process. It's a complicated, sensitive arena, incorporating issues like
    transboundary compensation for oil pollution damages, the role of
    international oil pollution liability conventions, and recovering costs
    when one country provides most of the spill response and clean-up assets.

    But there are quite a few national oil companies interested in Cuba.
    Repsol is working in a consortium with Norway's Statoil and a unit of
    India's ONGC. The partners plan to drill one or two wells; once they are
    complete, the rig will pass to Malaysia's state-owned oil company,
    Petronas, and then on to another ONGC unit, ONBC Videsh, both of which
    have also leased offshore Cuban blocks. Brazilian state oil company
    Petrobras is also developing plans to explore its Cuban blocks.

    The multinational face of exploration in Cuba's waters is a good
    representation of the support Cuba has received from the rest of the
    world. Indeed, every year for the past 19 years, and soon for an
    almost-guaranteed twentieth time, the United Nations General Assembly
    has overwhelmingly adopted a resolution condemning the US embargo. Every
    year, something like 187 of 189 nations appeal to the United States to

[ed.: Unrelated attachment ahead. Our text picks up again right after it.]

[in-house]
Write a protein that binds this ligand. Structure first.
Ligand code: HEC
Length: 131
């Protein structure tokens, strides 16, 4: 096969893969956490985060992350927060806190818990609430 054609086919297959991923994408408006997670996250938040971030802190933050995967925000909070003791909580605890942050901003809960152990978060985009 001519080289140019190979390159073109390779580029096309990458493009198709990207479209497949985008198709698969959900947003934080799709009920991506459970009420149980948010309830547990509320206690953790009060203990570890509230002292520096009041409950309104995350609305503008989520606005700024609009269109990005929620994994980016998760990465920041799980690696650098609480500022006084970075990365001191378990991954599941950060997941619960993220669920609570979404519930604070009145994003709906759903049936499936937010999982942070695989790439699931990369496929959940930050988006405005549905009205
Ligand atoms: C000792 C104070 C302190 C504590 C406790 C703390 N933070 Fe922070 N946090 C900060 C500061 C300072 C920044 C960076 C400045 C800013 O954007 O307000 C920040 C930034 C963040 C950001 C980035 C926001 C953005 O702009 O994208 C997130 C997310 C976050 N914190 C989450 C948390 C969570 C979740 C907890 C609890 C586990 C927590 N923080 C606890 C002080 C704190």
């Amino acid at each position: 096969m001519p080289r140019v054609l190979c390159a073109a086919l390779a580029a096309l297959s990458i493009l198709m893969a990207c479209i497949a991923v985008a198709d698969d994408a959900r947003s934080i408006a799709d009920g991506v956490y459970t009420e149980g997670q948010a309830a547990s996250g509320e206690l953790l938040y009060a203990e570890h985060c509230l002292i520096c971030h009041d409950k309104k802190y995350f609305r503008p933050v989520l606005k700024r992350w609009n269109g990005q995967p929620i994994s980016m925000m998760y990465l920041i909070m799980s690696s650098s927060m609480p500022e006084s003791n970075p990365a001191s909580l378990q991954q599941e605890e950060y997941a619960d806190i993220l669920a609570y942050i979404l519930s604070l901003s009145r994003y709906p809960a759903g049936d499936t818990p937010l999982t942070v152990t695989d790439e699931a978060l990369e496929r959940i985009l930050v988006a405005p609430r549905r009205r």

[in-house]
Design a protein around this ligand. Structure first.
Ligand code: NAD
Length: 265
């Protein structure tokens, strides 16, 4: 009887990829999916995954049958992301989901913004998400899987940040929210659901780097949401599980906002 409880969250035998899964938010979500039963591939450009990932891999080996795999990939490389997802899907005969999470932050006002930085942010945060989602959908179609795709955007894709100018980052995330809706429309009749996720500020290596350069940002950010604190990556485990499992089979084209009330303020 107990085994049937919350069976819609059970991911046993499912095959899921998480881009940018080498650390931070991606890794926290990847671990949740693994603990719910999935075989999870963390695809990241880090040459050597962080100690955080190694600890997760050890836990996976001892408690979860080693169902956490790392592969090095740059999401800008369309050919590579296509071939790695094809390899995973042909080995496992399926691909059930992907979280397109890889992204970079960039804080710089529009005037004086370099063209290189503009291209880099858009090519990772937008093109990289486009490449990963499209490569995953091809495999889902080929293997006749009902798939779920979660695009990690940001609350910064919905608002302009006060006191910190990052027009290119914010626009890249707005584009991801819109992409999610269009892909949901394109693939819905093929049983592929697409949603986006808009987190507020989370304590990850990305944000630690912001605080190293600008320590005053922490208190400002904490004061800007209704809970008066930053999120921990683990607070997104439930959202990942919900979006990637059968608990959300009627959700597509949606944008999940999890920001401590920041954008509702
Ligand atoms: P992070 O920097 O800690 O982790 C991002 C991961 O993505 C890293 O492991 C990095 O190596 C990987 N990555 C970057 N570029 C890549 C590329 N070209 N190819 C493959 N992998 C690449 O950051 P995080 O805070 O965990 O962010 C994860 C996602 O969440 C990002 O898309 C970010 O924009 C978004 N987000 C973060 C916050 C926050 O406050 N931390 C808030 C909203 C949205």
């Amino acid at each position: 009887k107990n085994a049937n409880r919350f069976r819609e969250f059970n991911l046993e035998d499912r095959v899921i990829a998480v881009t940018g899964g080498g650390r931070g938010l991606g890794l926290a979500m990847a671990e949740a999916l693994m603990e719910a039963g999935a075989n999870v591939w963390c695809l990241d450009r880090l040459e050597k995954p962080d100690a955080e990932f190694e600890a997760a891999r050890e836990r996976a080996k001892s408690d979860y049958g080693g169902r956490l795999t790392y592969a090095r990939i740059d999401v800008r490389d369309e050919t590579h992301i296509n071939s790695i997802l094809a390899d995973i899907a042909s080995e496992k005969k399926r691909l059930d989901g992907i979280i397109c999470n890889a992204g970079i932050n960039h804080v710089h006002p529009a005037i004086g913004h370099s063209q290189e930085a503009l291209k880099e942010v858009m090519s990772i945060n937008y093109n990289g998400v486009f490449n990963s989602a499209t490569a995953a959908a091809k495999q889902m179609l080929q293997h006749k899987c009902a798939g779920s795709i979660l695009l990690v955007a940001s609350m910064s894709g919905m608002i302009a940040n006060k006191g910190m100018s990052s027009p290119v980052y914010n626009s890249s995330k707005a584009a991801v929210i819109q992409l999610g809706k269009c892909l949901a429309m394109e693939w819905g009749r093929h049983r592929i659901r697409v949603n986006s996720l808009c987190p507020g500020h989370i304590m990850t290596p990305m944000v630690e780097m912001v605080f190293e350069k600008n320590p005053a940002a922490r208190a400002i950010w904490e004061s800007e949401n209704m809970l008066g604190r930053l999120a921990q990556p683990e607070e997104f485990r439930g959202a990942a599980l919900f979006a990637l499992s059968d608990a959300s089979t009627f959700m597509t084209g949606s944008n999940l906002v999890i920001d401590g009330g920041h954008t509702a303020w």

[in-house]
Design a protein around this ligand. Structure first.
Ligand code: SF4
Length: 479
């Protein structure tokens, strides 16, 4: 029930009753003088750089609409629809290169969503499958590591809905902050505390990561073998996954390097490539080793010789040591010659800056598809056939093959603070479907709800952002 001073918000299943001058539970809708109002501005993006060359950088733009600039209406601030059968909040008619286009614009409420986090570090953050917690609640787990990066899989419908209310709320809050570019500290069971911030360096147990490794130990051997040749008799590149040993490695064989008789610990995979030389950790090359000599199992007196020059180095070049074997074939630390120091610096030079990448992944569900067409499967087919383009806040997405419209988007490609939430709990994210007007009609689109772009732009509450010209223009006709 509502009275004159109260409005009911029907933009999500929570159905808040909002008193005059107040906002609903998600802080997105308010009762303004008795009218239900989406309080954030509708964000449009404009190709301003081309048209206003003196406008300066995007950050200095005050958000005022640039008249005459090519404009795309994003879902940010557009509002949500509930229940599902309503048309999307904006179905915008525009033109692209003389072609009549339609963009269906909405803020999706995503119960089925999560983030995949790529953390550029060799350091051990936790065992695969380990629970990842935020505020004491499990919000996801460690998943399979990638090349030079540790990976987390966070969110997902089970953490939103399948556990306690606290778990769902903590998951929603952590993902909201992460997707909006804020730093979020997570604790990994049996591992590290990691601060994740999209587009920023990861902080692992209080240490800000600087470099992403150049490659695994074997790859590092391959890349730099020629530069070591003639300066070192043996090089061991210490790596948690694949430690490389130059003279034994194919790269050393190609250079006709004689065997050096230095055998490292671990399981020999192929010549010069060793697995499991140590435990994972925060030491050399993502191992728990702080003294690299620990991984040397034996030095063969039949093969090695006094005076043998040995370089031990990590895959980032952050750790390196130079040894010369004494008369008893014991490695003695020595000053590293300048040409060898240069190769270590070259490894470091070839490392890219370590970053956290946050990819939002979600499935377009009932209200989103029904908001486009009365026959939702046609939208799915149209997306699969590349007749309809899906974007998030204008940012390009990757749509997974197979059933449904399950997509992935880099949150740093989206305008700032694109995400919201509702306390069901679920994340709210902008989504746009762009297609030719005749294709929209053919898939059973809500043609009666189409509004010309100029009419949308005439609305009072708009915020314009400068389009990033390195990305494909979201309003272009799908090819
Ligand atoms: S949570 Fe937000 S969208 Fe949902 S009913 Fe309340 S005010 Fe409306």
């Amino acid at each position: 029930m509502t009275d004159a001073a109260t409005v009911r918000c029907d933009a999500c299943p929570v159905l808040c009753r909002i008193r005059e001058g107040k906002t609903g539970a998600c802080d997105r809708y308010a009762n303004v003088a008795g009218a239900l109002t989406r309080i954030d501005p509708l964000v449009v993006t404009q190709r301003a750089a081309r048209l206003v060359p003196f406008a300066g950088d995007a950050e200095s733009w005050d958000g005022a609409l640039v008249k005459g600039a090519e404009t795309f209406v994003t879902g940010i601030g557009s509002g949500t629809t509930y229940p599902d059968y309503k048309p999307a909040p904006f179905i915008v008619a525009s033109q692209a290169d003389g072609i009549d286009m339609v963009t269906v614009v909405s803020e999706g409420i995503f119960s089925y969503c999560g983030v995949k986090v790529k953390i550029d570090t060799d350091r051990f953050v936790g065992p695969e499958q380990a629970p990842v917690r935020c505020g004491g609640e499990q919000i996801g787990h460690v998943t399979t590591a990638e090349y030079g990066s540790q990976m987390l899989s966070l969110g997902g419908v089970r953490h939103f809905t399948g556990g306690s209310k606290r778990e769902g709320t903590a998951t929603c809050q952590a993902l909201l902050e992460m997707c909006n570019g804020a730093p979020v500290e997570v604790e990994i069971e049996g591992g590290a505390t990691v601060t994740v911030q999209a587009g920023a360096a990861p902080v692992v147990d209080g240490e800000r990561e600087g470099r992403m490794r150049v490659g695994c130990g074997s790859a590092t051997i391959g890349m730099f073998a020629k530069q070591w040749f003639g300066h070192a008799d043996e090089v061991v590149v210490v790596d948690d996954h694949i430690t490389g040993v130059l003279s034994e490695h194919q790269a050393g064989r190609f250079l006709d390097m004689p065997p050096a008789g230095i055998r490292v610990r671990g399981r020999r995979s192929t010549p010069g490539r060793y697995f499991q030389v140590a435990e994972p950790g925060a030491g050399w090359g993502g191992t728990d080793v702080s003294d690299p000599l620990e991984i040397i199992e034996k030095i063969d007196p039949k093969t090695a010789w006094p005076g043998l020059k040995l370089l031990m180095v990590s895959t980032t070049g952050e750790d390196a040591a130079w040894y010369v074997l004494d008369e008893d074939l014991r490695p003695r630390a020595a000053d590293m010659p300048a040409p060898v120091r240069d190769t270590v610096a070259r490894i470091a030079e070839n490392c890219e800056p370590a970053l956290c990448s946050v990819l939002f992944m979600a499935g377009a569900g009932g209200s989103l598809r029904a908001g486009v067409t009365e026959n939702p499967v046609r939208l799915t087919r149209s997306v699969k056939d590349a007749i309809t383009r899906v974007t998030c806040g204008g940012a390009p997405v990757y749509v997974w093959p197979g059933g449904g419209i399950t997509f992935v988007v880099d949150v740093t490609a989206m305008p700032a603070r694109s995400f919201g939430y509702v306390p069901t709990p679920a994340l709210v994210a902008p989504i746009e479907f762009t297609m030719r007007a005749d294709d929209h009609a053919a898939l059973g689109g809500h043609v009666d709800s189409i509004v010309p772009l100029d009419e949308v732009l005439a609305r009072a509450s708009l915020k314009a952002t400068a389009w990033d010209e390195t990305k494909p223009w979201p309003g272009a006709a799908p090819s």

end the embargo, with (usually) only Israel voting with the US.

    Almost no one else supports the embargo, and it is time to assess
    whether it is still in the US's best interests.

    The embargo on Cuba represents the most comprehensive set of economic
    sanctions the US imposes on any nation in the world. The goal has always
    been to make the Cuban people suffer so much that they would tear down a
    government that was at one point a Cold-War security threat. The US has:
    imposed sharp limits on Cuba's access to American food, medicines, and
    visitors; banned almost all other business activity; used sanctions to
    stop third countries from trading with Cuba; blocked Cuba's access to
    high-technology goods; and even siphoned off some of its most promising
    thinkers by giving Cubans incentives to emigrate and persuading its
    highly trained doctors to defect.

    None of this has, of course, caused an uprising, let alone broken the
    back of the Cuban system. It has been a generation since the Cold War
    ended, since the Soviet Union fell, and since the US intelligence